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_ i WEATHER. - <D. 8 Weather Bureau turecaat.) ' Cloudy, followed by rain beginning late tonight or tomorrow; colder tomorrow; ‘ lowest temperature tonight about 46 de grees. Temperatures today—Highest, 67, at 2 p.m.; lowest, 42, at 6:30 a.m. Full report on page A-12. Closing New York Markets, Page 18 CENTS. - NEW CONSTITUTION 4 CORPORATE STATE Promulgation Gives Vargas Unequaled Powers as President. INDETERMINATE TERM OF OFFICE IS EXPECTED Senate and Chamber of Deputies Would Be Dissolved, Says Francisco Campos. By the Associated Press. RIO DE JANEIRO, Brazil. Nov. 10. —Minister of Justice Francisco Cam pos announced today that a new Bra silian constitution, designed to create a corporate state, had been promul gated. Returning from a meeting held at the presidential palace, Campos said the new constitution, to be published later today, provided for dissolution of the Senate and Chamber of Depu ties, as well as state legislatures and - municipal chambers. Vargas on Radio Tonight. He said President Getulio Vargas would make a broadcast to the nation tonight. (Campos, sworn In only yester unj no umnoi/Ci ui jusuic ttliU ill" terior—politically the key post in , the Vargas cabinet—was the chief collaborator in drafting the new constitution, according to earlier advices.) . It was indicated, from information available while the document was be ing drafted, that it would vest execu tive powers in a president with inde terminate term of office, vest limited legislative powers in a “corporate as sembly'’ and give certain powers of opinion to a “council of experts or elders.” There would be an executive cab inet, in part responsible to the Legis lature, but whose chief would be picked by the President. * Under the old constitution, which Itself had been in effect only since 1934, President Vargas could not have been re-elected. His present term of office expires May 3, 1938. Tight Censorship in Effect. The old constitution already was partly in abeyance, due to a state-of war decree of October 2 because of alleged Communist danger to the na tion. Tight cencorship went into ef fect with the. decree. Campos, one of Brazil’s newer states * men, came into national prominence after the revolt of 1930, which was headed by Vargas. Campos at that time organized the "October Legion,” a Khaki Shirt movement devoted to “safeguarding principles of the revo lution.” To become minister of justice and interior he left the post of secre tary of education in the city govern ment of Rio de Janeiro. Vargas’ Powers Unequaled. * By the Associated Press. BUENOS AIRES, Nov. 10.—The first New World attempt at a corpora , tive system of government was put Into effect in Brazil today with pro mulgation of a new constitution. By this measure President Getulio Vargas assumed powers unequaled in Latin America at the present time. Because of the Brazilian censorship, it was not possible immediately to learn details of the new constitution, but they were expected to be revealed * in a broadcast by President Vargas tonight. Advance information on the consti tution indicated it was modeled closely on the Portuguese constitution. (Dorothy Thompson writes on “Pas cism in Brazil” on page A-ll.) 11,000 BACK AT JOBS AT HUDSON FACTORY Return to Work Pending Settle ment of Difficulties With Company. By the Associated Press. DETROIT, Nov. 10.—Eleven thou sand employes of the Hudson Motor Car Co., idle yesterday because of a labor-dispute, returned to work to day pending final settlement of dif ferences between the company and the United Automobile Workers of America. * The Bohn Aluminum & Brass Corp. plant No. 2, also Involved in labor difficulties, remained closed. t A spokesman for the U. A. W. A. said the Hudson company had agreed to retime operations in the paint de a partment, where the dispute centered yesterday. The Bohn No. 2 plant was closed at 3 p.m. yesterday. ' Apparently the major point in the dispute was in terpretation of the new State occu pational disease law. The day shift remained in the plant to prevent the night shift from going to work. It was the sixth time this year that a unit of the, Bohn corporation has. been closed b^ a strike. City Designer’s Plaque Is Taxed By Philadelphia ( By the Associated Press. PHILADELPHIA, Nov. 10.—The city that Capt. Thomas Holmes, who died In 1695, mapped for William Penn has placed a $1 tax on a plaque the State Historical Commission set up near the site where he lived. Philadelphia then was Just a village at one corner of Penns Woods. > The levy is based on an ordinance providing a tax on all signs used for advertising or commercial purposes. The company owning the building to k which the plaque is attached turned thd tax bill over to the Historical Com mission. The commission has asked the city to remove the assessment. * I D. C. Girl Finds Italian Student Is Count Just Before They Wed COUNTESS SAVELLI, NEE MISS NANCY HALL. SHE married him as Mr. Luigi Savelli, a popular but unpre tentious Italian graduate stu dent at American University, but it turned out that he is a count and now she is hob-nobbing with roy alty in Rome. The 20-year-old Contessa Savelli was, until last June 4, Miss Nancy Hall, who worked as a secretary for the Foreign Policy Association here and lived with her mother and step father Mr. and Mrs. Raymond G. Church, 2328 Thirty-seventh street N.W. Mrs. Church received a letter from her daughter today telling of being entertained by the Infanta Beatrice of Spain, exchanging greetings with the former Queen of Spain at a tennis match, and a gay round of dinners at embassies and royal homes in Rome. Nobody was more surprised than (See-3AVELLI, Page A^T) SECRETARY TO ASK Miss Perkins to Propose Modifications as Result of Studies. BACKGROUND— Administration sought passage last spring of bill to regulate wages and hours in interstate industry. Measure was stalled in House Rules Committee as Southern block re fused to vote it out. When President Roosevelt issued call for special session next week he placed wage hour legislation among quartet of desired measures. By the Associated Press. Secretary of Labor Perkins said after a White House conference today that she would propose changes in the ad ministration’s wage and hour bill when congressional committees start new hearings on the subject. The Secretary said she had dis cussed the bill with President Roose velt, but preferred not to say what changes she had in mind. She told newsmen that if congres sional committees seek her views she would have some modifications to sug gest in the light of studies the Labor Department has made since the bill won Senate approval last session. After it went to the House, marked for speedy passage, it was tied up in the Rules Committee, where it is still held. Chairman O’Connor has pre dicted, however, that the committee will release it for consideration in the special session beginning next week. Asked about proposals to have Con gress, rather than a board, fix control of minimum wage and maximum hour standards, Secretary Perkins said a bQard would be necessary if the pro gram was to be approached “from the point of view of flexibility.” She said if the standards were to be fixed by Congress all that would be needed would be an enforcement. HERMAN ROGERS^SAILS; DENIES WINDSOR STORY Host to Duchess Says He Is Not Making Trip to Arrange Duke’s Postponed Tour. By the Associated Press. , CANNES, France, Nov. 10.—Her man Rogers and his wife, hosts to the Duchess of Windsor when she first went to France from England during the abdication crisis last De cember. sailed from Villefranche to day for New York. Rogers’ associates here indicated he might represent the Duke of Windsor in the United States in new prepara tions for the Duke’s postponed tour. Rogers denied this, saying his trip concerned only personal affairs. The Rogers sailed aboard the Conte di Savoia. URUGUAY CUTS IMPORTS Automotive Products Prom Abroad Are Barred Indefinitely. MONTEVIDEO, Uruguay, Nov. 10 UP).—President Gabriel Terra today issued a decree prohibiting indefinitely importation of automobiles, omnibuses, trucks, chassis, motors and bodies. He acted at the request of the min ister of finance. I \ Police Impound 3,000 Addi tional Ballots in Bronx Boxes. Bt the Associated Press. NEW YORK, Nov. 10.—This city’s first proportional representation elec tion tally was fast developing into a major vote fraud scandal as police today impounded 3,000 more ballots in the Bronx. The ballots seized brought the total of impounded ballots in the Bronx to 7,500, or approximately 2 per cent of the estimated vote cast there. The seized ballots were allegedly tampered with by the *10-a-day spe cial canvassers, many of whom have been the target of general charges of dilatoriness and obstructionist tactics to give “P. R.” a bad name. Today’s ballot seizure was ordered by Special Assistant Attorney General Matthew M. Levy and Acting District Attorney Sylvester Ryan of the Bronx. The ballots will be submitted to the Bronx grand jury in an Investigation in which four canvassers are already under arrest. The tally in the Bronx resumed to day despite the impounding of ballots, through a separate count of im pounded ballots in the district attor ney's headquarters set up in the armory where the borough count is in progress. The count came to a standstill yes terday because the two borough direc tors decided the law would be violated if the count were not conducted in the prescribed order, impossible then by reason of the seizure of all the ballots from certain districts. Meantime, Samuel Seabury, vigorous champion of “P. R.,” blamed compli cations of the tally on “the bungling of machine politicians.” ROOSEVELT SEEKS PRIVATE BUILDING AS BUSINESS SPUR Stimulation of Investments in Housing Projects to Be Discussed. PRESIDENT WILL TALK WITH EXPERTS TODAY Reiteration of Balanced Budget Intention Seen Precluding Fur ther Federal Spending. By the Associated Press. Stimulation of heavy private in vestments in housing construction de veloped today as one means the administration may seize on to aid business and employment. President Roosevelt called Federal officials and private business men to discuss the possibilities with him this afternoon. White House attaches, emphasizing any new undertaking would be apart from the Government’s slum clear ance and low-cost home building pro gram, said the conference would be concerned with methods of inducing private capital into the housing in dustry. The Impression prevailed that sug gestions for general increases in Gov ernment spending as an aid to busi ness would get nowhere. V. S. Pump Priming Seen Ended. The President’s reiteration at his press conference yesterday that he intended to balance next year’s budget led informed observers to believe there was little prospect of more Federal r “““‘j. The group called to the White House for an afternoon conference has been making a study of housing possibilities for the President. It included Marriner S. Eccles, chair man of the Federal Reserve Board; J. M. Daiger, special assistant to the board; Robert E. Wood, president of Sears-Roebuck; Edward F. McGrady, director of labor relations of the Radio Corp. of America; Gerard Swope, president of General Electric Corp.; Henry C. Turner, president of the Turner Construction Co. of New York; Samuel S. Colt, New York banker, and Isador Lubin, chief of the Bureau of Labor Statistics. Confers With Jones. The conference followed one late yesterday with Jesse H. Jones, chair- I man of the Reconstruction Finance I Corp., at which it was understood | the same subject was discussed, but i in a broader way to include ways to ] bring about industrial construction j as well as housing. Secretary Morgenthau may bare 1 some of the administration’s inten- I tions in relation to present business : conditions in a speech in New York ; tonight. Talks on "Pump Priming.” He has indicated this speech, on "Pump Priming," might be an official answer to advocates of heavy Federal expenditures to offset any slowing in the business pace. Mr. Roosevelt himself may touch on business conditions when he speaks over the radio Sunday night in an appeal that the unemployed register in next week's special census. He continued, meanwhile, his study of economic developments, with con ferences on taxes, spending, relief ana allied topics. Into these he dropped a hint that the public utility industry might win some Federal assistance if it would change its sys tem of evaluating property. No Specific Pledges. He gave no specific pledges to the industry, but his remarks were in terpreted in some quarters as bear ing on complaints that administra tion policies have “frightened” utility firms from proceeding with construc tion programs. The Committee of Utility Execu tives recently said it has “a vast untapped reservoir of jobs outrival ing the programs of the P. W. A. and W. P. A.,” and that the industry has fallen $2,600,000,000 behind its normal construction schedule. If utilities would adopt what he called the common law method of valuation and capitalization, Mr. Roosevelt said, the administration would be able to go along. At the Capitol, there also was news of interest to business. A House Tax Subcommittee tentatively proposed that the present capital gains levy be eased by permitting a carryover of losses from one year to the next. Summary of Today's Star Page. Obituary_A-12 Sports A-14-15-16 Radio . ;.._.B-lt Short Story..B-5 Society _. B-1 Woman’s Pg. A-13 WAR IN FAR EAST. Nanking feared next objective of Jap anese drive. Page A-l FOREIGN. Appraisal of MacDonald's life divides England. Page A-l Brussels conference is adjourned until Saturday. Page A-2 England takes drastic action in Pales tine terror. Page A-2 Britain tightens bonds with Ameri ca. Page A-4 NATIONAL. * Private building as business spur 6een Roosevelt aim. Page A-l Opposition developing to Maritime/ Commission program. Page A-l Senate group ready to push prepara tion of farm bill. Page A-3 U. S. trade treaties are criticized by Grange head.. Page A-4 WASHINGTON And VICINITT. First returns in Chest drive to be made today. Page A-l Stepfather held in alleged kidnaping of boy. Page A-2 Fred S. Waiker resigns post with Typo graphical Union. Page A-3 Purchase of radium for cancer treat ment hern ia discussed. Pag* A-3 I Alley Dwelling Authority’s handicaps cited. Page A-7 Judge William J. Graham dies sud denly at home herp. Page A-12 Collins to propose restoration of people’s counsel post. Page B-l Hook to waive extradition in numbers slaying. Page B-i Warrant upheld in gambling trial here. Page B-l President to lead observance of Armi stice Day here. Page B-l Painters’ strike at Capitol ended by agreement. Page B-l Labor Department seeking to settle Capitol strike. Page B-l EDITORIAL AND COMMENT. Editorials. Page A-18 This and That. Page a-1# Answers to Questions. Page A-1S Washington Observations. Page A-10 David Lawrence. Page A-ll H. R. Baukhage. Page A-ll Dorothy Thompson. Page A-ll Constantine Brown. Page A-ll Lemuel Porton. Page A-ll MISCELLANY. Traffic Convictions. Page A-6 Shipping News. Page A-B Vital Statistics. Page A-8 Dorothy Dix. PageA-13 City News in Brief. Page B-2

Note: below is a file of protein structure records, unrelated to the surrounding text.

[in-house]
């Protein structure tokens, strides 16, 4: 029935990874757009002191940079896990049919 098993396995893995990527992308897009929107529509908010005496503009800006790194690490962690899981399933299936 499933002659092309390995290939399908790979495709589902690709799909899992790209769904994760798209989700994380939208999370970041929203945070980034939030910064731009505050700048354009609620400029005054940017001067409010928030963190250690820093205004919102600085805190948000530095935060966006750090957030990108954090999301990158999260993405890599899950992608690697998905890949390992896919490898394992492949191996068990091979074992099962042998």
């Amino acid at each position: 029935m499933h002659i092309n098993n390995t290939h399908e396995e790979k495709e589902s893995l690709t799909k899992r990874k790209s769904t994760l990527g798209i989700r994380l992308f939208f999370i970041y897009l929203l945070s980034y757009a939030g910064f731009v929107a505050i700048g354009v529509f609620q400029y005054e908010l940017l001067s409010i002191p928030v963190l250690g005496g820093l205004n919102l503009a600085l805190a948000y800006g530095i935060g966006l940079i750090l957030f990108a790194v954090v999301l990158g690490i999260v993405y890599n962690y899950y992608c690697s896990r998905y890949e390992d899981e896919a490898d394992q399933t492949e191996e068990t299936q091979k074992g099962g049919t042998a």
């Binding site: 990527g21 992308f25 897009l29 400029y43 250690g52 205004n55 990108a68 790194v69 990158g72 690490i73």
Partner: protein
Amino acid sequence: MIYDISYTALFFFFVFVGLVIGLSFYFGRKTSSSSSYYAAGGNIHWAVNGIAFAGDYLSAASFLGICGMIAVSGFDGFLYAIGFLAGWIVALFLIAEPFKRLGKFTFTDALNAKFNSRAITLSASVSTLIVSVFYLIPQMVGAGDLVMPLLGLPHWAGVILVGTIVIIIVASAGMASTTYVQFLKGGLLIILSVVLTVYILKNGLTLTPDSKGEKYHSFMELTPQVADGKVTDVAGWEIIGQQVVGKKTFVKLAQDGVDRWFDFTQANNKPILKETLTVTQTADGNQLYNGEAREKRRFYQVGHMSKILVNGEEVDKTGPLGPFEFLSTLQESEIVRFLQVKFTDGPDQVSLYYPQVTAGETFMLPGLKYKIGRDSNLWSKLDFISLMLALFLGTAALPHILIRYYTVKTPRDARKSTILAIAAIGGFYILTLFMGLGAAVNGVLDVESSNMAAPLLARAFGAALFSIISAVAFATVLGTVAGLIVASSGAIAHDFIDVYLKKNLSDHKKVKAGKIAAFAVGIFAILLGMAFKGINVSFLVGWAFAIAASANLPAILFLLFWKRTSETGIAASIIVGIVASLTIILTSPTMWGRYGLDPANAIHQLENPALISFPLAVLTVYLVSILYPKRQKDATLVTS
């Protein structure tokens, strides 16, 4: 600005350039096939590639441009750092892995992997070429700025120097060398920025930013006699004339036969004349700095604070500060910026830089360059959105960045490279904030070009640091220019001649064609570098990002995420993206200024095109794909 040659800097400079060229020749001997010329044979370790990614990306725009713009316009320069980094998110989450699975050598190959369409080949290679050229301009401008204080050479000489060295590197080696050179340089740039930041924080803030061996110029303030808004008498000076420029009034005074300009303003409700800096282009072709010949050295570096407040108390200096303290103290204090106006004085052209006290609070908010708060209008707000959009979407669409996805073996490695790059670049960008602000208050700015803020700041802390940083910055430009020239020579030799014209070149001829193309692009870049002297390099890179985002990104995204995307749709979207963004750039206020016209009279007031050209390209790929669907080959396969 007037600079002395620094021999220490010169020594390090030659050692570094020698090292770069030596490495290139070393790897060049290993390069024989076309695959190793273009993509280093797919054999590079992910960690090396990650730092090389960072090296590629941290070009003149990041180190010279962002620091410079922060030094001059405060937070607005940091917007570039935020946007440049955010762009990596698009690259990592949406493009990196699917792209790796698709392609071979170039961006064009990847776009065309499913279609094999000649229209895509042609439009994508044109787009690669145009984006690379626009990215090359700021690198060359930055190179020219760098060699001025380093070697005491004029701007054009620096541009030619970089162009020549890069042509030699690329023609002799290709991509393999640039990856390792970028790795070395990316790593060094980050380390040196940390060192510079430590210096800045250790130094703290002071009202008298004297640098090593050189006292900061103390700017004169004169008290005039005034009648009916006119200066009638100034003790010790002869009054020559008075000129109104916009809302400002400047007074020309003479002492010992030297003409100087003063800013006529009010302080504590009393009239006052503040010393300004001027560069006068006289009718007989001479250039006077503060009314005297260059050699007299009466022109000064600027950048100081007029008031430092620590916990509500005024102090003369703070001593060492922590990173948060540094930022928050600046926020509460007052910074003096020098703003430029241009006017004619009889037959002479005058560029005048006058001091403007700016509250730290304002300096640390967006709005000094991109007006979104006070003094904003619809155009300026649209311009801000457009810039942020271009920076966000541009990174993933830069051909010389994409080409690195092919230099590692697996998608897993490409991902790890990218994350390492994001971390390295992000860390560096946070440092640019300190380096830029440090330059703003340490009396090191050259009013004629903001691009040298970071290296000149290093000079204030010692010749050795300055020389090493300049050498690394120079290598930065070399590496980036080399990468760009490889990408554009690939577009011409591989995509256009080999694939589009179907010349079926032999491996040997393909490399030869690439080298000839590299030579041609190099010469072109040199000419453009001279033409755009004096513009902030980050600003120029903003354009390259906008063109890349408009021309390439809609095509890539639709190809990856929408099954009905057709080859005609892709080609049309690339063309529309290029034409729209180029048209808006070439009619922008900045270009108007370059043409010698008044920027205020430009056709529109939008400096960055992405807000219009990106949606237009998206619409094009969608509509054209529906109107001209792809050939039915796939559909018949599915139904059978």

Nature's Children. Page B-8 Bedtime Stories. . Page B-6 Men’s Fashions. Page B-12 Cross-word Puzzle. Page B-18 Letter-Out. Page B-18 Winning Contract. Page B-19 8Going\ L HARD \ LEP OUR >S OM OUR ) wu Rancher Severs Robber’s Hand, Kills Him After Gruesome Duel Intruder Demands Money and Bran dishes Knife—“Host” Seizes Sivord, Then Shoots to Kill. fcj tne Associated Press. SANTA ROSA, Calif., Nov. 10.—A story of a gruesome, deadly duel be tween a 79-year-old rancher armed with an old, rusty sword and an In truder, brandishing a butcher knife, was pieced together by officers today ' from the dying ^irvivor’s gasps. Thomas Elliott, the rancher, cut off the intruder’s left hand, but finally was overpowered. Surrendering, he promised to get his money. Instead, he grabbed a gun. killed the invader with one shot. Elliott was so critically wounded hospital attendants gave him little chance to survive. Story of Grotesque Battle. Sheriff Harry Patteson reconstructed this story of the grotesque battle: Answering a knock at the door of the house where he lives alone, Elliott was confronted late last night by a hooded intruder, holding a flashlight in one hand and a butcher knife in the other. "This is a robbery,” the hooded man said. “I want your money!" Elliott fled upstairs, grabbed the old sword from its scabbard on the wall and wheeled to battle his assailant. They duelled about the room and battled down the stairs. A sudden swipe of Elliott's sword cut off the stranger's left hand. The stranger stooped, picked up the hand, stuffed it into his pocket. Rancher Overpowered. Then, despite loss of his hand, the intruder suddenly overpowered the elderly rancher, threw him to the floor and waved his butcher knife menacingly. "I surrender! I'll get the money!” the rancher shouted. The man let Elliott up and attempted to stem the flow of blood from his arm. Elliott stumbled toward a cupboard. But instead of cash, he grabbed a gun. turned and fired. The invader dropped dead. Elliott staggered a quarter of a mile to the home of his nearest neighbors, Mr. and Mrs. Charles Schilling. The sheriff found the stranger’s body in the wildly disordered room. The man, about 50, was plainly dressed. Patteson suggested he probably was a rancher or worker in the district. The hood over his head was a barley sack with slits for the eyes. 9,871 Contributions Make Up 11 Per Cent of $2, 059,000 Total. More than 11 per cent of the record Community Chest quota of *2,059,000 already has been raised, volunteer workers reported at the opening meet ing this afternoon in the Willard Hotel. Chairmen of five of the six Chest units reported they have received 9,871 contributions totaling $227,142. The Special Assignment Unit took an early lead by reporting a total of $110,950, or 19.39 per cent of its quota. The Group Solicitation Unit has raised 10.3 per cent of its quota of $419,000, Chairman John L. Vande grift reported. The Metropolitan Unit reported 9.4 per cent of its quota, the Government unit 6.89 per cent and the Suburban Unit, 0.12 per cent. The Capital Unit, with a quota of $10,000 to be raised among the colored population, has not yet submitted its initial report. Early success for the Chest cam paign was predicted by Maj. Gen. Frederick W. Coleman, U. S. A., re tired, former chairman of the govern mental unit. On the results of today’s meeting campaign' officials expect to be abl<r to forecast to a considerable extent the progress of the coming campaign. Rising Costs Enter Picture. Officials admit that in the ranks of the District’s low-salaried govern mental and commercial workers there is likely to be greater dif ficulty in meeting this year’s Record quotas. Such factors as increased living costs, new motor vehicle and other taxes, increased street car and bus token fares and other increased personal costs are expected to make it more difficult for the average citi zen to meet the new budget for charity. Leaders, however, expressed optimism over the final outcome of the drive. Two new Chest clubs were brought into existence at today’s meeting. They are the “$250 Club” and the (See CHEST, Page A-4.) STOP FOR REPAIRS Ape Swats Elephant and Train Is Halted at Pittsburgh. PITTSBURGH, Nov. 10 (JP).—A train made an unscheduled stop here for repairs to a passenger—an ele phant. The.stop was made after Jiggs, a fun-loving ape who performs in Frank Buck’s animal exhibition. swatted amiable Minnie, the elephant. It took two veterinarians to patch up Minnie. h i / Ex-Prime Minister Dies on Ship Bound for South America. By the Associated Press LONDON, Nov. 10.—The death of James Ramsay MacDonald, the son of a poor Scottish farmer who lived to decline an earldom, divided Britain to day in appraisal of his life. Against those who lauded the three time prime minister as savior of the nation in the dark days of 1931 there were others who regarded him as a traitor to the Labor party he built. The 71-year-old Scotsman, Britain's first Labor prime minister and the first prime minister to visit the United States, died last night aboard a South America-bound ship on a quest for the peace and happiness he had failed to find in his unique, stormy political career. Sailed Last Thursday. He had sailed last Thursday in search of what he called “the most elusive of all forms of happiness— rest.” Death apparently was due to a heart attack following a long period of poor health. His daughter Sheila, his sole companion on the voyage, messaged that the body would be taken off the ship, Reina del Pacifico, at Bermuda Monday and returned for burial either in England or at his beloved Lossiemouth, Scotland. Relatives said Mr. MacDonald prob ably would be buried beside his wife, Margaret, who died in 1911, in the tiny cemetery of Spynle Kirk at Lossie mouth. The cemetery ires near where the river Lossie pours into the wind swept Moray Firth. Mr. MacDonald often praised the beautiful countryside which, he said, “makes a Scot want to stay there forever.” Tribute came from all parties for the man who rose from humble origin to No. 10 Downing Street. But the tribute was for two distinct phases of his career. Conservatives praised Mr. MacDon ald’s momentous action in forming a national government at the behest of King George V in the financial crisis (See MACDONALD, Page A-4.) OUT OF BUSINESS SAN FRANCISCO, Nov. 10 (/F).— White-haired Peter P. McDonough, wealthy bond broker once accused as the director of a (1,000,000 police graft ring, was ruled out of business today under a stringent new State law regulating bail, bondsmen. The action climaxed a two-year in vestigation of alleged police graft which resulted in resignations or dis missal of several police officials and patrolmen. -t ' a NANKING IS FEARED JAPAN'S NEW GOAL Reinforcements Landed at Hangchow Bay for Campaign. BACKGROUND— Japanese campaign against Shanghai now nearly three months old nears completion with all Far Eastern metropolis captured with exception of Nantao, Chinese sub urb south of the French Conces sion, where small group of deter mined Chinese troops continue to hold out against the Japanese. Main Chinese forces retreated from Shanghai Monday to "winter lines” around Nanking. By the Associated Press. SHANGHAI, Nov. 10.—Japanese re inforcements landed on the south and north shores of Hangchow Bay today for what may become a major drive toward Nanking, China's capital. Chinese feared the reinforcements would attack Hangchow as the first step in a Nanking drive, now that Shanghai is in Japanese hands—except for Nantao, native quarter in which are remnants of the Chinese Army which retreated from Shanghai yes terday to defense lines further inland; and the International Settlement and the French Concession. A few Chinese also were holding out in Pootung, industrial center across the Whangpoo from Shanghai. Japanese utilized airplane and artillery bom bardment today in an effort to drive out the remaining Chinese. V. S. Ships Endangered. Many bombs fell along the Nantao Whangpoo River water front, within a few hundred yards of American and other foreign war vessels anchored in the river. * Chinese said 34 Japanese transports already had arrived off the Chekiang coast in the new Hangchow move, carrying approximately 40,000 soldiers. Capture of Hangchow would cut one of the two railroads now open between Shanghai and the capital. Chinese authorities declared the government waS confident that Chi nese forces now being rushed to Yuao would be able to check the new Japa nese reinforcements. Shanghai Battle Scene. Shanghai Harbor, off the French Concession, tonight was the scene of a bitter machine gun battle between Japanese war craft and Chinese troops on both banks of the Whangpoo. At nightfall three Japanese vessels Joined the efforts of their land forces to expel the Chinese from Nantao. The shelling of the Shanghai suburb was designed to drive out remnants of the Chinese Army which retreated yesterday. The Japanese shells and bombs probably took a smaller toll of life than might have been expected be cause of wholesale evacuation of civil ians from Nantao within the last 24 hours. Chinese soldiers near the French Concession border indicated they had no intention of withdrawing. Before the aerial bombardment they had withstood an attack by Japanese shock troops and had declared they would resist until death. Planes ranging west of Shanghai bombarded the airdrome area of Nan king, the nation's capital. Some Nanking residents said they feared a resumption of extended raids which had been interrupted by Japanese in tensification of the Shanghai cam paign. Battle Across Creek. A number of blocks to the west of the Nantao region subjected to bom bardment, Japanese and Chinese troops engaged in a spectacular, inde cisive battle across narrow, winding Zahwei Creek before thousands of spectators in the French Concession, including American observers. Comdr. Harvey Overesch, MaJ. E. G. Hagen and Capt. Evans Carlson saw the battle from reserved seats in the upper floors of a Chinese teahouse at the junction of Siccawei and Zahwei Creeks. The nearest fighting was less than 50 yards away. There were reports that the Jap anese planned to use Soochow Creek to transport military supplies despite the fact that it runs through Ameri can and British defense sectors. Suspended From Commons. LONDON, Nov. 10 (IP).—.David Kirkwood, Laborite, was suspended to day from the House of Commons, by vote of 178 to 104, after a stormy scene in which he shouted from the floor “I don't give a damn for the lot of you.” i OPPOSITION GROWS TO NEW PROGRAM EOR U. SHIPPING Proposal of Maritime Board for Mediation Unit Most Controversial. BUILDING OF VESSELS BY PRIVATE FIRMS SEEN Giving Commission Responsibility for Developing Oceanic Air Travel Also Disputed. BACKGROUND— Created for task of building up American merchant marine, Fed eral Maritime Commission found no reliable background of infor mation available when it took of fice. Consequently, commission has spent most of its time since last spring in developing facts for recommendations and future ac tion. Results of this inquiry were released this morning. By the Associated Press. Opposition was developing today to three major portions of the Maritime Commission's program for restoring what it termed America's "very sick” shipping industry. The biggest dispute may result from a recommendation for a mediation board to handle maritime labor prob lems. The commission said a solu tion is essential to continued exist ence of the merchant fleet. The other controversial proposals w7ere: That the commission be given re sponsibility for developing transoce anic air travel. That the ban be lifted against con struction of American ships abroad if savings would result. The commission outlined its program last night in perhaps the most com prehensive survey ever made of Amer ican shipping. There is prospect, it said, that pri vate companies may build 65 new cargo ships in the next five years. They would cost $137,000,000, of which the Government would pay more than $50,000,000 in subsidies. Government Must Build. If shipping falls off or if the com panies fail to raise enough capital, the commission said, the Government itself must build ships to meet for eign commerce and national defense requirements. Contemplated replacements fall short of the number of ships ready to retire from service. Of 155 ves sels in the subsidized fleet, 131 will be obsolescent in five years. Of 1,422 vessels of all types in the Nation's entire seagoing merchant fleet, 1,305 will be obsolescent in five years. These aging vessels are what re main, the commission said, of the "magnificent armada” of merchant ships which America had in 1922. In the age of vessels the commis sion noted one of the causes of labor troubles—cramped quarters. For al lowing these to exist, for paying sea men poor wages and for giving them generally poor working conditions, the commission blamed ship operators. On the crews, it placed responsibil ity for extraordinary "abuses” of their employment through strikes, break downs in discipline and order and costly interruptions to service. Mediation Group. The proposed mediation group would be similar to the Railway Mediation Board. Leaders of the National Mari time Union. C. I. O. affiliate, already have voiced opposition to such an agency on the ground it might limit labor's power. There was a question, too, as to whether labor would be whole-heart edly behind a commission proposal to organize at New York City a school, under Coast Guard supervision, for training 500 new seamen a year. In regard to aviation the commis sion predicted regular operation of North Atlantic planes in the near fu ture. It foresaw a possibility of dirigible service across the Pacific. In contrast to the commission's re quest for authority over these services, the aviation industry generally has taken the view that it should develop separately from other forms of trans portation. American shipbuilders were expected to oppose the commission’s recom mendation about foreign construction. Federal Subsidies Limited. The board noted that Federal subsi dies, designed to meet foreign low-cost competition, are limited to 50 per cent of the American cost of a vessel. If a ship can be built abroad for less than half of what it would cost here, the commission said, foreign construction would be cheaper. N The commission recommended to Congress nine changes in the Mari time Act. Most of them were designed to attract private investments, which probably wfl come, Chairman Joseph P. Kennedy said, from sources already identified with shipping interests. The nine proposed changes in the Maritime Act follow: 1. Authority for the commission to waive the present requirement that no official of a subsidized line be paid more than $25,000 a year. 2. Authorization for American lines to build ships abroad if they can do so at less than 50 per cent of the cost of American construction. Alternative (See MARITIME, Page A-3.) Tags Are Urged For All Bicycles In Pennsylvania HARRISBURG. Pa., Nov. 10 (iP Secretary of Revenue J. Griffith Boardman today urged licensing of bicycles in Pennsylvania because they “are getting to be a mighty big prob lem on the roads.’’ Boardman. whose department issues licenses to motorists, said tags should be required on bicycles to give their riders “a responsible status.” Page. Amusements B-10-11 Comics ...B-18-19 Editorials ...A-l# Finance __..A-17 Lost Si Found B-l*